Understanding the Beatitudes in Matthew 5 video discussion

The gospel lectionary reading for All Saints’ Day in Year A is Matthew 5.1–12, which is mostly composed of the set sayings of Jesus known as the Beatitudes, a name derived from the Latin translation of the opening term of each, ‘blessed’ or ‘happy’. These sayings are very well known, often being cited as favourite texts, and yet there are some serious puzzles that they present us with.

Why are there nine, with the last one seemingly tagged on at the end? Why is there a mixture of future and present tenses in the sayings? Why is one of the promises (about the kingdom of heaven) repeated—did Jesus run out of other good things to say? Are they encouragements under pressure, or commendations of virtue? More to the point, are they realistic, or are they (with the rest of the ‘Sermon on the Mount’) setting out an unattainable ideal?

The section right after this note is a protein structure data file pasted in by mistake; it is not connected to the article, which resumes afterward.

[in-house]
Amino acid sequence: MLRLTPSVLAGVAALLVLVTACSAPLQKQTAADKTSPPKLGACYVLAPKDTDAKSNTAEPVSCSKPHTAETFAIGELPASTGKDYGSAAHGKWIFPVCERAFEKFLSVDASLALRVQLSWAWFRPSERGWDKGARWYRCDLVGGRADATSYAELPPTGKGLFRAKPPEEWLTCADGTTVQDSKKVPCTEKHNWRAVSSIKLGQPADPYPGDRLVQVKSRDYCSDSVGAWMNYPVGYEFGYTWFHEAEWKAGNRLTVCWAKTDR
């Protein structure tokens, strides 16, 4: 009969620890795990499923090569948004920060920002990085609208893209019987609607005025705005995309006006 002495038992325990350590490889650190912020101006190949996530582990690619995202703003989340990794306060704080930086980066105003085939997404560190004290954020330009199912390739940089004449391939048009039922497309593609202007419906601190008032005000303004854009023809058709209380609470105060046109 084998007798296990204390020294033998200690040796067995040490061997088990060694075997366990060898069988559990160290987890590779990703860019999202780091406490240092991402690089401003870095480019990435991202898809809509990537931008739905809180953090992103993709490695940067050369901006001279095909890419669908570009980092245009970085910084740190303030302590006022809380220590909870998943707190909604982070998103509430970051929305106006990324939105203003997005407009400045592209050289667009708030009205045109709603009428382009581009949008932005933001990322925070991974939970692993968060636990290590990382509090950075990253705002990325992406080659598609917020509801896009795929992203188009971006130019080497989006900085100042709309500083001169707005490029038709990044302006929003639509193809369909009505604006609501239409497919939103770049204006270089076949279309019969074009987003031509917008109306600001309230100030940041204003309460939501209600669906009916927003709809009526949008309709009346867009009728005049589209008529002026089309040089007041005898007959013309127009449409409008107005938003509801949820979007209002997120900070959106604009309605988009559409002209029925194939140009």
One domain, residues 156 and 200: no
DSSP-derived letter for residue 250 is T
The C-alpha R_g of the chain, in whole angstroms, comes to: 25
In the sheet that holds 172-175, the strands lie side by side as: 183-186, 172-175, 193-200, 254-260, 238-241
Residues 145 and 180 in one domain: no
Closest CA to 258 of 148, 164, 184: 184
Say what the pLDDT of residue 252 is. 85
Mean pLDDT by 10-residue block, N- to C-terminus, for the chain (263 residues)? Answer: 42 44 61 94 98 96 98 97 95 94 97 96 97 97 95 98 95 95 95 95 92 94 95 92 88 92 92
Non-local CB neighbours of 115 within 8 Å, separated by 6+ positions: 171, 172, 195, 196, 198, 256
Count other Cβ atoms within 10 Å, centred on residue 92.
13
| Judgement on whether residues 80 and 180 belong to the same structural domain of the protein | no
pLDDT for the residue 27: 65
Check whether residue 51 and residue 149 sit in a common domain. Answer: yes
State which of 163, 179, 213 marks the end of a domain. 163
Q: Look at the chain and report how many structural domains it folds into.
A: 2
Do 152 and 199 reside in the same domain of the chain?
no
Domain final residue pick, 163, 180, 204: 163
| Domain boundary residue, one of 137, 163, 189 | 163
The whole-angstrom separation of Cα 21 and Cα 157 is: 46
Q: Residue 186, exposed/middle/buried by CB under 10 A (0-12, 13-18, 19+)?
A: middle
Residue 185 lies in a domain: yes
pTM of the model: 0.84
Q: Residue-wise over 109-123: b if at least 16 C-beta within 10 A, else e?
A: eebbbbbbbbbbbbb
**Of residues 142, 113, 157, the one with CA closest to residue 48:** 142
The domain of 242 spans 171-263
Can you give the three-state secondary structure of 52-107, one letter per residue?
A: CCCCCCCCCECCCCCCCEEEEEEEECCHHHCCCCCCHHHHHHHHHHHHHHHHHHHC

Come and join Ian and James as they explore all these issues together.

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1 thought on “Understanding the Beatitudes in Matthew 5 video discussion”

  1. Thank you, Ian and James. A few thoughts.
    First, the cross-reference to 11.29 is helpful (praus eimi kai tapeinos te kardia).
    Second, I have long thought of ‘makarios’ like Heb. ‘ashre’ and meaning ‘congratulations, you are commended’, meaning not that you feel subjectively happy but rather that this is the way of life that God commends.
    Third, Ian wonders at 10 min 36 whether ‘Jesus [sometimes] taught in Greek’. Matt 4.25 says the crowds included people from the Gentile Decapolis and beyond the Jordan, so presumably they included Greek speakers. On a youtube video Peter Williams has pointed out examples of alliteration in the Beatitudes, which suggests a Greek original:
    ptochoi to pneumati; penthountes … paraklethesontai; dipsontes ten dikaisosunen; katharoi te kardia; dediogmenoi heneken dikaiosunes.


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